The Tom Avery Poultry Research Farm is located at 2000 Marlatt Avenue. The original facility was constructed in 1966 and updates have occurred frequently in recent years. The farm conducts teaching, research and extension related projects. Farm stock include broilers, layers, and turkeys. The farm processes eggs produced by the layer flock which are then sold in the KSU Dairy Plant.
Research projects focus on feed manufacturing for meat birds, heritage poultry, and general nutrition. The farm supports ASI projects related to the nutrition of other species such as beef and swine. Many studies are conducted in support of other campus Departments such as Grain Science and Industry, where students in the feed industry are able to conduct projects related to poultry. Tours are often available, but only by appointment.
The poultry farm maintains an egg producing flock for teaching and research purposes. The excess eggs are currently marketed to a local egg processor or are sold to retail markets. The farm has incubator space for 10,000 eggs. We generally do not conduct any processing of meat-type birds because of the small scale of our facilities, however, we often process birds for experiments to determine things like percent yield, carcass fat, etc.
The Poultry and Game Bird Unit is not a 'farm' in the strict definition since it is used for research purposes. This is why you won't see large commercial type buildings with open spaces. Because the poultry industry utilizes different management practices, you will see many different types of cages, floor pens, and environmental controls. The cages and pens are divided into smaller units for statistical purposes and for things like providing different diets to groups of hens.
Building 1 This building is for teaching purposes. It maintains stock for demonstrations, 4H and FFA events, and for classes like poultry management and the KSU Poultry Judging Team.
Building 2 This building is set up with floor pens to conduct studies with breeding stock.
Building 3 This building is currently being updated to conduct research on heritage breeds, and free-range poultry. The interior of the building is being remodeled using only minimal technology, with natural ventilation and minimal cost, but with keeping animal comfort in mind. There are outdoor pens to allow the birds access to dirt and grass. Few universities have facilities which may conduct free range studies using poultry. The studies focus on turf managment, nutrition of free range birds, genetics, and husbandry techniques.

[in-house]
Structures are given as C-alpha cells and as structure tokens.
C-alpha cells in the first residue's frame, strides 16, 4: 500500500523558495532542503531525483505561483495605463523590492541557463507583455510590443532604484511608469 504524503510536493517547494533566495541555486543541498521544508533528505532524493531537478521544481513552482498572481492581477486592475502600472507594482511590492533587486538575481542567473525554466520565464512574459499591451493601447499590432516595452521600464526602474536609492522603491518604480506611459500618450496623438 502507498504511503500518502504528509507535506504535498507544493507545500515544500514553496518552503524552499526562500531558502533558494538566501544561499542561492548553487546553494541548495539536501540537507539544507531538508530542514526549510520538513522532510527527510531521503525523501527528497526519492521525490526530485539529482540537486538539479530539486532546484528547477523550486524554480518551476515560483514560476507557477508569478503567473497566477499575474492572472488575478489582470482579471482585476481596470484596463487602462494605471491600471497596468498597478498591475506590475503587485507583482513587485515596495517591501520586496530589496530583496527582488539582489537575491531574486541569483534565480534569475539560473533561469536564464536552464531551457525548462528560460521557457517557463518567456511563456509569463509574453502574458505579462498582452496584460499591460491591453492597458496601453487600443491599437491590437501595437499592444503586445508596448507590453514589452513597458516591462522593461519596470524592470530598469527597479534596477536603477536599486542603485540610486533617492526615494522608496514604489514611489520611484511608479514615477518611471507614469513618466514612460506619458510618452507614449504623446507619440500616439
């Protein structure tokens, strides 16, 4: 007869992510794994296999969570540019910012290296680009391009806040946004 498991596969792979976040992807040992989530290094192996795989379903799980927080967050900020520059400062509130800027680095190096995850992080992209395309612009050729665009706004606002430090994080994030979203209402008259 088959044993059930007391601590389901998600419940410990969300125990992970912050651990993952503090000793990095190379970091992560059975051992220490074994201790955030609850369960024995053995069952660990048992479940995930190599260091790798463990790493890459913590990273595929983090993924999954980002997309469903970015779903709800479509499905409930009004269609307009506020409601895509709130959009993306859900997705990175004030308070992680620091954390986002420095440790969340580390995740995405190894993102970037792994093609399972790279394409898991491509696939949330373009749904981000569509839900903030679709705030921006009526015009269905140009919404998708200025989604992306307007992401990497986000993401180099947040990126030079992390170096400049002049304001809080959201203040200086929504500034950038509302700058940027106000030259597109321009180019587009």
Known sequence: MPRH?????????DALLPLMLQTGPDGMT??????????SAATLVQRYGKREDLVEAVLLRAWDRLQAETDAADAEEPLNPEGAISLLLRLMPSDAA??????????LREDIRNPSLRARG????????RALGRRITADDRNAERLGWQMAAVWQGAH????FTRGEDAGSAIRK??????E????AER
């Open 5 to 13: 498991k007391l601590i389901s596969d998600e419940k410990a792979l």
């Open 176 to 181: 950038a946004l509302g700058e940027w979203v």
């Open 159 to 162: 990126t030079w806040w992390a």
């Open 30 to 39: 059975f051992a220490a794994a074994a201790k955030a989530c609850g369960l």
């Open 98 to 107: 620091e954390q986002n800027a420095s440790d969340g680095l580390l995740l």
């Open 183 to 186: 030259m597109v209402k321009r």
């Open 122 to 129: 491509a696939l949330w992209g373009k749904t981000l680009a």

Building 4 This unit is currently being remodeled and updated for general poultry research. A computer controlled whole-house management system will enable students to learn the proper husbandry of all types of meat-type poultry. They will then be able to manipulate the environment and study the effects of changes on bird growth.
Building 5 The north end of this house is used for commercial broiler research and was updated in 1997. Why on Earth does KSU need to conduct broiler research when few are grown commercially in Kansas? Mostly, the facility is used to test feed manufacturing processes on growth and conformation. KSU currently has the only Feed Manufacturing program in the US and a lot of Kansas grain is used by the poultry industry. Many graduates are hired by the poultry industry to operate these large-scale feed mills. The feed mixing and storage room is for mixing small research diets. Most diets are small today because of expense and a large mill would not adequately mix the small amounts. Battery brooders are available which are used to conduct nutritional research during the crucial early growth phase. Almost all nutrition research organizations utilize these brooders to grow chicks used for nutrition research. Chicks are used because of their rapid growth and reduced cost to purchase and grow them. Many grain companies use chicks to test the value of new varieties of grain. This house also includes an environmentally controlled caged layer room. Again, it is not automated so that research studies can be conducted. It is light controlled.
Building 6 This building was recently remodeled during the summer, 1994. The south end of this house is used for conducting broiler feeding trials and game bird research. Since broilers cannot fly but most game birds can, the sides of the large pens are built to the ceiling. Game birds are not domesticated and fly very well. And since most game birds are grown for release, they need some space to allow for exercising their flight muscles. The north end of this house is used for pullet grow out. Pullets are generally started in a "grow out" cage system, then transferred to egg production cages around 18 weeks of age. Most pullets are fed by an automated system, but for the purposes of research, this has been removed.
Building 7 This facility is the shop, and is used for equipment storage.
Building 8 This is the main office for the poultry farm. Visitors and tours must check in here before proceeding to the farm buildings. The office has the hatchery, an egg processing machine, and processing equipment. For more information about the poultry farm, you may contact them at 539-5041.
2000 Marlatt Avenue